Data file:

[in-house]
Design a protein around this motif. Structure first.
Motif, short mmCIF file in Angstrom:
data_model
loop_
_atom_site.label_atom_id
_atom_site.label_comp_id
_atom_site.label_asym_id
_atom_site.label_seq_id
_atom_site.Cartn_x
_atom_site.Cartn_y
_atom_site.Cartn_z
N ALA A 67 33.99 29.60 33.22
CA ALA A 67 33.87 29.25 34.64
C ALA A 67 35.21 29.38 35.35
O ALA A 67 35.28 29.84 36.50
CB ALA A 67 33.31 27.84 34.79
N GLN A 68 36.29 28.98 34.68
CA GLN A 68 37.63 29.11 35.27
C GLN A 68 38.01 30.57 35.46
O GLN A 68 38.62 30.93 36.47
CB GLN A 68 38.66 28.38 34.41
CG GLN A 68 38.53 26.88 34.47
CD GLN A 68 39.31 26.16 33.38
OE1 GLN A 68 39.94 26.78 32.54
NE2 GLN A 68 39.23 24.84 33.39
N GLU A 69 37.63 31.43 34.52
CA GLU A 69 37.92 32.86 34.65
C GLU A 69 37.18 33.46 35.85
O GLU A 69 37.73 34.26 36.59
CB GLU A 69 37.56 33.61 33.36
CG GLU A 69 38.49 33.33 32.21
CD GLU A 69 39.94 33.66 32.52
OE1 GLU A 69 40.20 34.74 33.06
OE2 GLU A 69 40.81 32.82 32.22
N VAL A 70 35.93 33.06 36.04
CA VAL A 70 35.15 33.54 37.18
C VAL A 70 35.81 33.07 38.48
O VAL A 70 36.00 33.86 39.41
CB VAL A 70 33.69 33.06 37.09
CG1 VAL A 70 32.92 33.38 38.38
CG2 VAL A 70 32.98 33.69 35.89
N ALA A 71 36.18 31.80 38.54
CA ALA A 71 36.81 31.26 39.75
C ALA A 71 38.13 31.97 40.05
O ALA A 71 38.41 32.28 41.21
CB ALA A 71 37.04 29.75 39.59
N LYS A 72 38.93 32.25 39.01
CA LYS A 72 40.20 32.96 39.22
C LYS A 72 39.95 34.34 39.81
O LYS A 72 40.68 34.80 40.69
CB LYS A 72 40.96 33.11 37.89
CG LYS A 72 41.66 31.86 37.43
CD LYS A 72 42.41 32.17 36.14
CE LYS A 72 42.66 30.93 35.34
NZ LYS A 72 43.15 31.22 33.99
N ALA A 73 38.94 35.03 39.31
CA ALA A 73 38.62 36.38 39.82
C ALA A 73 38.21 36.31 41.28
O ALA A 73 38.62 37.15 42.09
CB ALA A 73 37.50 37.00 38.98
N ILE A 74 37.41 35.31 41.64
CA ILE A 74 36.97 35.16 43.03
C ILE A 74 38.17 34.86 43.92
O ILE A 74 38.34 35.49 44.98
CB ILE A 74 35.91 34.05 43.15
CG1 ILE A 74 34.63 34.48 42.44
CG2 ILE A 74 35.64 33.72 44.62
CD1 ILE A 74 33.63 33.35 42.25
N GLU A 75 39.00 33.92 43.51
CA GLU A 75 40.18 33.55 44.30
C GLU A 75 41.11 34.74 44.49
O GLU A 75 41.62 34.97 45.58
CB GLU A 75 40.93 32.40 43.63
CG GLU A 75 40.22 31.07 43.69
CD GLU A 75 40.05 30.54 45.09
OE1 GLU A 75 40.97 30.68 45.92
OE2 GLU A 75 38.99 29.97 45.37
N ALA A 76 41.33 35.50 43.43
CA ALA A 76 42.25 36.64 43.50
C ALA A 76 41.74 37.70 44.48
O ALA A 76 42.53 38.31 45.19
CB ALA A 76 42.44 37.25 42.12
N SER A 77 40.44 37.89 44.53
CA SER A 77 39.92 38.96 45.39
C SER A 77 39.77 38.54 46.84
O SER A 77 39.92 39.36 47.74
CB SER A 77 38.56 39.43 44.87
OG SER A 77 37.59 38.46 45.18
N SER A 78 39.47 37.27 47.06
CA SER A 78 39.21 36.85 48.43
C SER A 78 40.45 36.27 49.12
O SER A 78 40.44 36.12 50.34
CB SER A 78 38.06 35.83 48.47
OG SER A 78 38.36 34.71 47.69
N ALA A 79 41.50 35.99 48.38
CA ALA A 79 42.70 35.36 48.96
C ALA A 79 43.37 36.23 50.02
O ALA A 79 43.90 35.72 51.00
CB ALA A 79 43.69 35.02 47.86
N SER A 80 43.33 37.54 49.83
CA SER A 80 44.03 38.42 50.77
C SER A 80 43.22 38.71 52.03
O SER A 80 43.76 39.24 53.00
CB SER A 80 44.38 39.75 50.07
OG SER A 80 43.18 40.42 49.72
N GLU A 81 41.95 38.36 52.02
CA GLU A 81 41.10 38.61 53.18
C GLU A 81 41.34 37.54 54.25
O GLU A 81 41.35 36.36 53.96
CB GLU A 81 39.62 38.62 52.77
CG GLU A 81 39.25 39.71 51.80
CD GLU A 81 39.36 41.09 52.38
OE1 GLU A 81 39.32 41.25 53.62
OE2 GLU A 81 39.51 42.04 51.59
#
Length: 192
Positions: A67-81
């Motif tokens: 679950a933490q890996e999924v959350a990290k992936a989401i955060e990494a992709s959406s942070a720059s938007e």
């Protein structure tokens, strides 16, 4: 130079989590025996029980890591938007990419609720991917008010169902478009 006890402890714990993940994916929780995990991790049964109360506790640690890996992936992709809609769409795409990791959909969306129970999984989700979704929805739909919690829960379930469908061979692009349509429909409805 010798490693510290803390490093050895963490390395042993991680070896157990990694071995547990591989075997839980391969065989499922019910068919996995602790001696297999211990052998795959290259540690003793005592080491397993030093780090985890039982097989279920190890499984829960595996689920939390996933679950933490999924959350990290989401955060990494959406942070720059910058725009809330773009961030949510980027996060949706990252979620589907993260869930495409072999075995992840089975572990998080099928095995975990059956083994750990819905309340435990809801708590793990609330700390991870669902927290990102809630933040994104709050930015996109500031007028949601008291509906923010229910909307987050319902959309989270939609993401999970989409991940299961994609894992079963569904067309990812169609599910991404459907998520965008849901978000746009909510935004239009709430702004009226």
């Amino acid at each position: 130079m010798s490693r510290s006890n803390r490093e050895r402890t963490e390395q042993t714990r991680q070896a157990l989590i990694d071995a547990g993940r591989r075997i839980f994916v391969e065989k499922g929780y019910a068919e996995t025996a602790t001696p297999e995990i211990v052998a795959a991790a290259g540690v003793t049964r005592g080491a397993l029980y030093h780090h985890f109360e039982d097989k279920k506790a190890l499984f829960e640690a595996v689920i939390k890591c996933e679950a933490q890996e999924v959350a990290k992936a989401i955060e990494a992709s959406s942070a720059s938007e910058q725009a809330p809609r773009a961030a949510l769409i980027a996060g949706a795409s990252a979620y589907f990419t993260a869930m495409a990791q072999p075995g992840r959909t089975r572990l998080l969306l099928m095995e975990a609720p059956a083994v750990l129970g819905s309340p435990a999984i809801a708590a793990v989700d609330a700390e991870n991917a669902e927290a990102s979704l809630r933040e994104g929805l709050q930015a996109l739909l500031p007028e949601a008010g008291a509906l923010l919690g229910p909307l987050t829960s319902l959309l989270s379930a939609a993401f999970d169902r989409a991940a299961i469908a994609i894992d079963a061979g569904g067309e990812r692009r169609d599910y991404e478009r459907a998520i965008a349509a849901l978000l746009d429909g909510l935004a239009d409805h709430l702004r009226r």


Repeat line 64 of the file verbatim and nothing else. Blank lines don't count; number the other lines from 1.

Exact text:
C ILE A 74 38.17 34.86 43.92